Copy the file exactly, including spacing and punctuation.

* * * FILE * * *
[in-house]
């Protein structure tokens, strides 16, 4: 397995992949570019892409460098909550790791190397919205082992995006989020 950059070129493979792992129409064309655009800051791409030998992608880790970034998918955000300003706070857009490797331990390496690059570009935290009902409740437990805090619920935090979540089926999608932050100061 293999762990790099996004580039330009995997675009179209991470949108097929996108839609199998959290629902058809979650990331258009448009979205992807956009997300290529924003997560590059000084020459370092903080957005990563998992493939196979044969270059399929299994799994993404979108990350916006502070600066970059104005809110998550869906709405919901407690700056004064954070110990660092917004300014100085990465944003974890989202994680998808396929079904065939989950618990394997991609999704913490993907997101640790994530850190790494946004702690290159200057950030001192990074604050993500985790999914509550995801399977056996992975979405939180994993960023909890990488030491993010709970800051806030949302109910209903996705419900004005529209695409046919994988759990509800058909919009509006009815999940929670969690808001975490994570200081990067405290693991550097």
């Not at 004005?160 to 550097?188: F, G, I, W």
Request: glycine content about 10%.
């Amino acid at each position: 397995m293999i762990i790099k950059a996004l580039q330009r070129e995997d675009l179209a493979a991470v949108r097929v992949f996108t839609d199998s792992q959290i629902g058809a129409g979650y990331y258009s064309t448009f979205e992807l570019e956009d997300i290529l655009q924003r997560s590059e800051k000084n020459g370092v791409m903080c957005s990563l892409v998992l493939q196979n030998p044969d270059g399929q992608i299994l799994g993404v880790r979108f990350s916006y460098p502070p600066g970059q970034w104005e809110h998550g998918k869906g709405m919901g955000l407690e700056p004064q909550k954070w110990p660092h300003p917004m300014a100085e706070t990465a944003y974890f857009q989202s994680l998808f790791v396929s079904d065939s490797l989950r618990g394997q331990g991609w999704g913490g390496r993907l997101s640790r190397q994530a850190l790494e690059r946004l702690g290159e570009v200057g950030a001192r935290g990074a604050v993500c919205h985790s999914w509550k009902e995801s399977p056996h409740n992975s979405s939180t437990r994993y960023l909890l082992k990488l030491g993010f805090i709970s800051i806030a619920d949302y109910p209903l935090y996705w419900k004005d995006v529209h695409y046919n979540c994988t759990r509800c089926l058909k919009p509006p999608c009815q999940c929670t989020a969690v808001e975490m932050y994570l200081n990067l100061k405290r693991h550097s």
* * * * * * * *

[in-house]
């Protein structure tokens, strides 16, 4: 397995992949570019892409460098909550790791190397919205082992995006989020 950059070129493979792992129409064309655009800051791409030998992608880790970034998918955000300003706070857009490797331990390496690059570009935290009902409740437990805090619920935090979540089926999608932050100061 293999762990790099996004580039330009995997675009179209991470949108097929996108839609199998959290629902058809979650990331258009448009979205992807956009997300290529924003997560590059000084020459370092903080957005990563998992493939196979044969270059399929299994799994993404979108990350916006502070600066970059104005809110998550869906709405919901407690700056004064954070110990660092917004300014100085990465944003974890989202994680998808396929079904065939989950618990394997991609999704913490993907997101640790994530850190790494946004702690290159200057950030001192990074604050993500985790999914509550995801399977056996992975979405939180994993960023909890990488030491993010709970800051806030949302109910209903996705419900004005529209695409046919994988759990509800058909919009509006009815999940929670969690808001975490994570200081990067405290693991550097």
């Not at 004005?160 to 550097?188: F, G, I, W």
Request: glycine content about 10%.
């Amino acid at each position: 397995m293999i762990i790099k950059a996004l580039q330009r070129e995997d675009l179209a493979a991470v949108r097929v992949f996108t839609d199998s792992q959290i629902g058809a129409g979650y990331y258009s064309t448009f979205e992807l570019e956009d997300i290529l655009q924003r997560s590059e800051k000084n020459g370092v791409m903080c957005s990563l892409v998992l493939q196979n030998p044969d270059g399929q992608i299994l799994g993404v880790r979108f990350s916006y460098p502070p600066g970059q970034w104005e809110h998550g998918k869906g709405m919901g955000l407690e700056p004064q909550k954070w110990p660092h300003p917004m300014a100085e706070t990465a944003y974890f857009q989202s994680l998808f790791v396929s079904d065939s490797l989950r618990g394997q331990g991609w999704g913490g390496r993907l997101s640790r190397q994530a850190l790494e690059r946004l702690g290159e570009v200057g950030a001192r935290g990074a604050v993500c919205h985790s999914w509550k009902e995801s399977p056996h409740n992975s979405s939180t437990r994993y960023l909890l082992k990488l030491g993010f805090i709970s800051i806030a619920d949302y109910p209903l935090y996705w419900k004005d995006v529209h695409y046919n979540c994988t759990r509800c089926l058909k919009p509006p999608c009815q999940c929670t989020a969690v808001e975490m932050y994570l200081n990067l100061k405290r693991h550097s």